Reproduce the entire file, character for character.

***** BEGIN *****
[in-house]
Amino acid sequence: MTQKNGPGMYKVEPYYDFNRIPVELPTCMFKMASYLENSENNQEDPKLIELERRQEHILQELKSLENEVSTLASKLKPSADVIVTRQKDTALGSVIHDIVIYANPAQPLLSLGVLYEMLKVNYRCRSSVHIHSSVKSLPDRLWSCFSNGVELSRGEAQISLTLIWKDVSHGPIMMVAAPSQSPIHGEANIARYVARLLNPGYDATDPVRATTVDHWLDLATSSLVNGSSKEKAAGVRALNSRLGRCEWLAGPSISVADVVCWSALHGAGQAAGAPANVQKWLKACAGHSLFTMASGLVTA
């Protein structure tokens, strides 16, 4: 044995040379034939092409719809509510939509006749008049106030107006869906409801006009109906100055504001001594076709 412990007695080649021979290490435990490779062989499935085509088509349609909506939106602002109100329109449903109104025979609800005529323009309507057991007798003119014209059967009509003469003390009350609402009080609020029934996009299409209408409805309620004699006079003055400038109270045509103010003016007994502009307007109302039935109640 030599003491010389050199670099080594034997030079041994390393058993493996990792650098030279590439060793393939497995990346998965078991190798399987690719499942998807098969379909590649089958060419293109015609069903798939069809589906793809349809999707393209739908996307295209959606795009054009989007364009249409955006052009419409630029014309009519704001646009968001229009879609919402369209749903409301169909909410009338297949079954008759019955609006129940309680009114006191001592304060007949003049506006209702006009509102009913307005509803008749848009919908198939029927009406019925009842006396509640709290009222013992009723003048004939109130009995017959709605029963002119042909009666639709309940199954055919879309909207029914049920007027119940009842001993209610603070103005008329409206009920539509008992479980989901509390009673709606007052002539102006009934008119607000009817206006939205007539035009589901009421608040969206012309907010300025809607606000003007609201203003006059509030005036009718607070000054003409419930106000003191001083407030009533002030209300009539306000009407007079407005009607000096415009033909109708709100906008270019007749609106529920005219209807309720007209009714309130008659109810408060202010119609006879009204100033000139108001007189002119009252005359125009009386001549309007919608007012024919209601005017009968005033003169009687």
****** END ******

[in-house]
Amino acid sequence: MTQKNGPGMYKVEPYYDFNRIPVELPTCMFKMASYLENSENNQEDPKLIELERRQEHILQELKSLENEVSTLASKLKPSADVIVTRQKDTALGSVIHDIVIYANPAQPLLSLGVLYEMLKVNYRCRSSVHIHSSVKSLPDRLWSCFSNGVELSRGEAQISLTLIWKDVSHGPIMMVAAPSQSPIHGEANIARYVARLLNPGYDATDPVRATTVDHWLDLATSSLVNGSSKEKAAGVRALNSRLGRCEWLAGPSISVADVVCWSALHGAGQAAGAPANVQKWLKACAGHSLFTMASGLVTA
């Protein structure tokens, strides 16, 4: 044995040379034939092409719809509510939509006749008049106030107006869906409801006009109906100055504001001594076709 412990007695080649021979290490435990490779062989499935085509088509349609909506939106602002109100329109449903109104025979609800005529323009309507057991007798003119014209059967009509003469003390009350609402009080609020029934996009299409209408409805309620004699006079003055400038109270045509103010003016007994502009307007109302039935109640 030599003491010389050199670099080594034997030079041994390393058993493996990792650098030279590439060793393939497995990346998965078991190798399987690719499942998807098969379909590649089958060419293109015609069903798939069809589906793809349809999707393209739908996307295209959606795009054009989007364009249409955006052009419409630029014309009519704001646009968001229009879609919402369209749903409301169909909410009338297949079954008759019955609006129940309680009114006191001592304060007949003049506006209702006009509102009913307005509803008749848009919908198939029927009406019925009842006396509640709290009222013992009723003048004939109130009995017959709605029963002119042909009666639709309940199954055919879309909207029914049920007027119940009842001993209610603070103005008329409206009920539509008992479980989901509390009673709606007052002539102006009934008119607000009817206006939205007539035009589901009421608040969206012309907010300025809607606000003007609201203003006059509030005036009718607070000054003409419930106000003191001083407030009533002030209300009539306000009407007079407005009607000096415009033909109708709100906008270019007749609106529920005219209807309720007209009714309130008659109810408060202010119609006879009204100033000139108001007189002119009252005359125009009386001549309007919608007012024919209601005017009968005033003169009687």